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If there is anything the last recession has taught us it is that nothing is guaranteed. Workplaces needed to reduce workforces and slow down hiring in order to remain viable while facing a volatile market. That left a workforce that needed to pick up additional workloads, managers to think differently in how to engage a weary workforce and executives to consider flexible workplace strategies.

Understand your customer

Regardless of a bad economy, one thing is a fact, the customer has a long memory. This is particularly true, if they have a bad experience with a company. During this economy as a customer, I have observed fewer inventories of my favorite items, less quality of products and worse, less focus on customer service. MSN Money in its annual Customer Service Hall of Shame survey observed that while workplaces have stood up to prove their mettle, many have failed to support the customer during these difficult times.

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We can hope eventually the economy will turn around long term. We can also predict competition will continue to become fierce both in revenues, and in talent. Once the economy improves, it is expected that turnover numbers will increase and talent will be hard to find. It will be the first workplace(s) that can recover, instill innovative and efficient practices, goods and service, engage talent and recapture the consumer through excellent service — will be the one who wins.

Resist keeping training on the back burner for long. Customer focused training can yield a good return on investment. Perhaps now would be a good time to try innovative customer service models to win back hurting consumers.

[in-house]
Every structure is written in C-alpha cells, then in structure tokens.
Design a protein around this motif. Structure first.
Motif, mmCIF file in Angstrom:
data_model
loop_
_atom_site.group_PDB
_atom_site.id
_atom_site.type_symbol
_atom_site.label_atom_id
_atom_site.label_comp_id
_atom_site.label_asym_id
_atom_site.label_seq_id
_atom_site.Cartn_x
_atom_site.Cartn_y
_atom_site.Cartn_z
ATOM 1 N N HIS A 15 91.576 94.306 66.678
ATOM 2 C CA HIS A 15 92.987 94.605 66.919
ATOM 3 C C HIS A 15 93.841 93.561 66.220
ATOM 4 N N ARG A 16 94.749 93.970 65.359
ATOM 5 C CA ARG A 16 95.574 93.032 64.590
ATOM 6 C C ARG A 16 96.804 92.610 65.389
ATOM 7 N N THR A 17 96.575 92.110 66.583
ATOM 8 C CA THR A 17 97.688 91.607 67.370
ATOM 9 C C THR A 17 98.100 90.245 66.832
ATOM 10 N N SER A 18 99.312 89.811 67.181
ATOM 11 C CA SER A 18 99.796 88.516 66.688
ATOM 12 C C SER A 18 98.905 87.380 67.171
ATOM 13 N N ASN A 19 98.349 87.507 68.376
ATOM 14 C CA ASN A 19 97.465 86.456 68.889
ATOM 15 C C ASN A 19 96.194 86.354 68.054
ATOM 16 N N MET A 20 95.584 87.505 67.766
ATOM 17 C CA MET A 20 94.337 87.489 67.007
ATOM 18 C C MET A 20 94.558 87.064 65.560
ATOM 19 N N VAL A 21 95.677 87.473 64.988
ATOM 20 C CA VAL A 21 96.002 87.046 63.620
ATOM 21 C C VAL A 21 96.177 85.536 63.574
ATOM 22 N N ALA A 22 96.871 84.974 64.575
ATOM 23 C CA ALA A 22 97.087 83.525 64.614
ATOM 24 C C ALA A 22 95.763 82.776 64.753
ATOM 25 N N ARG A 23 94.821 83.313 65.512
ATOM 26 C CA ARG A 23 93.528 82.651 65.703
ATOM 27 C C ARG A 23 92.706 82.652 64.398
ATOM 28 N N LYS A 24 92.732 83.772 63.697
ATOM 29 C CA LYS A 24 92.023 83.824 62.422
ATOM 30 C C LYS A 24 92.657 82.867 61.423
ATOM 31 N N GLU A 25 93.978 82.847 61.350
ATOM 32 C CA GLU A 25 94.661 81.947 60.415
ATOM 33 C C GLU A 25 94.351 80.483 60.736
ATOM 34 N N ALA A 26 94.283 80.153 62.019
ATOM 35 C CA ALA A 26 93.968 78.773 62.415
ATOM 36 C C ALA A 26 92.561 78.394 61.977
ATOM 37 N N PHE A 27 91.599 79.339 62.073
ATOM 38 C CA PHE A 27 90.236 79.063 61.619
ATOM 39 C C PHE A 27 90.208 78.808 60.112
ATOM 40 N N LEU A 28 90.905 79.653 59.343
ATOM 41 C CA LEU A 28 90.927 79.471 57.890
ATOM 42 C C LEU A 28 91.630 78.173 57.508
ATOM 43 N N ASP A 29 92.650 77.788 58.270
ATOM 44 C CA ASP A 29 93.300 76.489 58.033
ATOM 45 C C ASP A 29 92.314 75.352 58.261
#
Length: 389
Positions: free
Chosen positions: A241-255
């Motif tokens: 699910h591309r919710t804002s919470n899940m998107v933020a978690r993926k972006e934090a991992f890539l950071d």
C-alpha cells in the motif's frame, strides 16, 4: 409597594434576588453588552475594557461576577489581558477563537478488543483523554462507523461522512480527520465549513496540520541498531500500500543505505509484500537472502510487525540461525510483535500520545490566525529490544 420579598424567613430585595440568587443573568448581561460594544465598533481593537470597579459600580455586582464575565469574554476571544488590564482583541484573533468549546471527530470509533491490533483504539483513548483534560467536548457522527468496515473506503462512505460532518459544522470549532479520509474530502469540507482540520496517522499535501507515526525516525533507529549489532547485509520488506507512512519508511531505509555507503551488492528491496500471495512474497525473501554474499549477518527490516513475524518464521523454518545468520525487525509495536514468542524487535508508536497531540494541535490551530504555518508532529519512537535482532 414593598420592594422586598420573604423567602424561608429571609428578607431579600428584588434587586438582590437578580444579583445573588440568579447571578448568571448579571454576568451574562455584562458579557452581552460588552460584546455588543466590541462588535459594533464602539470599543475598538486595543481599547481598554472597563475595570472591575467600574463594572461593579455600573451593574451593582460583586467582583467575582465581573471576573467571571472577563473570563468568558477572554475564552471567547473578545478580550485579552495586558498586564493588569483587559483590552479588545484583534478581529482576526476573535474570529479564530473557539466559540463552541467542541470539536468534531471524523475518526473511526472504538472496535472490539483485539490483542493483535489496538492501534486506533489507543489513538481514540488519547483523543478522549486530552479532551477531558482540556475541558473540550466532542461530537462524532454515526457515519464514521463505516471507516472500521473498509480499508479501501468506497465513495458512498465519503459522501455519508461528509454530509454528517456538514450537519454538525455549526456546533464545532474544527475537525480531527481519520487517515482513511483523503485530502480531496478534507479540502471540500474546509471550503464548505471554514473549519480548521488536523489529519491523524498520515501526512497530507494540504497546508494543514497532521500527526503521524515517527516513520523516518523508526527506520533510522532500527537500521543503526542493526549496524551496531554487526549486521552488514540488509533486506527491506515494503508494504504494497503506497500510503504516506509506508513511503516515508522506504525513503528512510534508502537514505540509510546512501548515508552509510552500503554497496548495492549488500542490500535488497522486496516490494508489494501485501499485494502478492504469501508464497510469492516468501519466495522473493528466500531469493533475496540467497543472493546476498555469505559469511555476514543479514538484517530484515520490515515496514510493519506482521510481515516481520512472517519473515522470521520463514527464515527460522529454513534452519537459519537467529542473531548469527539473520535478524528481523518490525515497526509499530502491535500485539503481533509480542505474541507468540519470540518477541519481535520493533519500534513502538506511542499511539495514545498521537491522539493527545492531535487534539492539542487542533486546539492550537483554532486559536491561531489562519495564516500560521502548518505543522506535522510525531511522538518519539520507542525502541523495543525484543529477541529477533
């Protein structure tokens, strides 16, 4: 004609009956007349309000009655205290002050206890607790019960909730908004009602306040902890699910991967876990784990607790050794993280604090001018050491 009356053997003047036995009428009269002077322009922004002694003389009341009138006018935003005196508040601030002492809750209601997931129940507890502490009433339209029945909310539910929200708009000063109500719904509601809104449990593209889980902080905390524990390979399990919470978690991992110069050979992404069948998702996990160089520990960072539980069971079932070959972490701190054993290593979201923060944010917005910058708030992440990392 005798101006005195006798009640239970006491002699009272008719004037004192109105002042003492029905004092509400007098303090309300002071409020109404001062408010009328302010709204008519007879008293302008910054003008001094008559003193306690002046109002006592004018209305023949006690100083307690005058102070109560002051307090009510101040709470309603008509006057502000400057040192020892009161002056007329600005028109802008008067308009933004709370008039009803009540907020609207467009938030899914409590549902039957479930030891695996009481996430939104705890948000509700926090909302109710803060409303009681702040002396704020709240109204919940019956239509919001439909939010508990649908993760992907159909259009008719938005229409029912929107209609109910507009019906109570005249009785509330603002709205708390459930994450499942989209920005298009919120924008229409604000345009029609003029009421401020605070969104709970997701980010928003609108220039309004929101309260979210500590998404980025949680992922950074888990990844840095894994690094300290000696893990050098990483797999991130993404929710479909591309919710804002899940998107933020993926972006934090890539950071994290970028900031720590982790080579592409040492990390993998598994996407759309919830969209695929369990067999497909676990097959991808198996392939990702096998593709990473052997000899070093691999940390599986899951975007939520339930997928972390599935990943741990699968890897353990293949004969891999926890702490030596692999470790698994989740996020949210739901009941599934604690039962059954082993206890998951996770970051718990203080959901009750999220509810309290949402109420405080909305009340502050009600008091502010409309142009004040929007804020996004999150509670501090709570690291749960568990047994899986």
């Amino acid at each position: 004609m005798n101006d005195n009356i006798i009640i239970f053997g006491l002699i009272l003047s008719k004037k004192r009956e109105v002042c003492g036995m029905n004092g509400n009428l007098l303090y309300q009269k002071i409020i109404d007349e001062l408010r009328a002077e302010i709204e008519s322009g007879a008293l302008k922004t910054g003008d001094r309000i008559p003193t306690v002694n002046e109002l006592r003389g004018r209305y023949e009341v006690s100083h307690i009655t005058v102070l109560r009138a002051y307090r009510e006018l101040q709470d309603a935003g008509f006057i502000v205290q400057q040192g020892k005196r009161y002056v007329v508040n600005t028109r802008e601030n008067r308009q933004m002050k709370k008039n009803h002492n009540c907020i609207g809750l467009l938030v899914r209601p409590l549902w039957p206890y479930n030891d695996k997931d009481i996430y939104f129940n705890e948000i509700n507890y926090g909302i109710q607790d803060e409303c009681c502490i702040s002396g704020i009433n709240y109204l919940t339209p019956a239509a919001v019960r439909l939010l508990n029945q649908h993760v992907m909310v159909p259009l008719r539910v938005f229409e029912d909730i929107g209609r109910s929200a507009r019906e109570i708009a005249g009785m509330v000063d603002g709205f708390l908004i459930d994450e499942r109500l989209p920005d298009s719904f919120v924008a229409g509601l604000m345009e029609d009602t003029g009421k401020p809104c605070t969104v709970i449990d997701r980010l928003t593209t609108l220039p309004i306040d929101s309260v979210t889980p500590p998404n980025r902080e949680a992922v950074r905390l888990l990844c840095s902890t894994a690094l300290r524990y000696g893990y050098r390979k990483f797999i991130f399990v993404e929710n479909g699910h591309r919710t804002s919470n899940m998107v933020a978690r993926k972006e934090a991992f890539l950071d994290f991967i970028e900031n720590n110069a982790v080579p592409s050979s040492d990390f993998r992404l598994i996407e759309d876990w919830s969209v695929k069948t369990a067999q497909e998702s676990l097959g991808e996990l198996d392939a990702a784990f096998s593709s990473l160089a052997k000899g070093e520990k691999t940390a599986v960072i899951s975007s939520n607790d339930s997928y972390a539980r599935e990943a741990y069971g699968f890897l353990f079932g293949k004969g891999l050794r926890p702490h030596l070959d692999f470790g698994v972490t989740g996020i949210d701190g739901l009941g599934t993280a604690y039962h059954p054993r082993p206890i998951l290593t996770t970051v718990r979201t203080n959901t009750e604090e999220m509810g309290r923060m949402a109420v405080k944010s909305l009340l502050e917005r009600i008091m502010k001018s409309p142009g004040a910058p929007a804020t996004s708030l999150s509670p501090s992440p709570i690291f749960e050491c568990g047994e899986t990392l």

Intellectual honesty

It is curious just how many workplaces were caught off guard when the economic meltdown hit. In a survey conducted by Cisco in October 2009, “many US organizations are not fully prepared for workplace unavailability.” In fact, the results of the survey indicates that “the majority of companies are not considering the importance of remote-access solutions for potential business interruptions, focusing more on business needs under normal conditions.” Interestingly the survey also reports that in most cases, “the cost to implement remote access across an entire workforce is a fraction of what the loss of business would be if employees could not work remotely during a crisis.”

Contingency planning does not require a crystal ball or being an alarmist. The truth is contingency planning is being realistic and applying common sense strategies in the event possible issues should occur that could negatively impact business operations and revenues. Contingency Planning, Inc. reports the most common disasters are power outages, fire, human error, earthquake, fraud/hacker, burst pipe/flood, and virus. Once all possible issues/threats are identified, plans can be developed that will protect operations/revenues. It is always a good time to gather your leadership and begin to ask and answer the tough “what if” questions. From there, develop solid plans and educate key players accordingly. Better to do it now, and then ask, “Why didn’t we plan for this?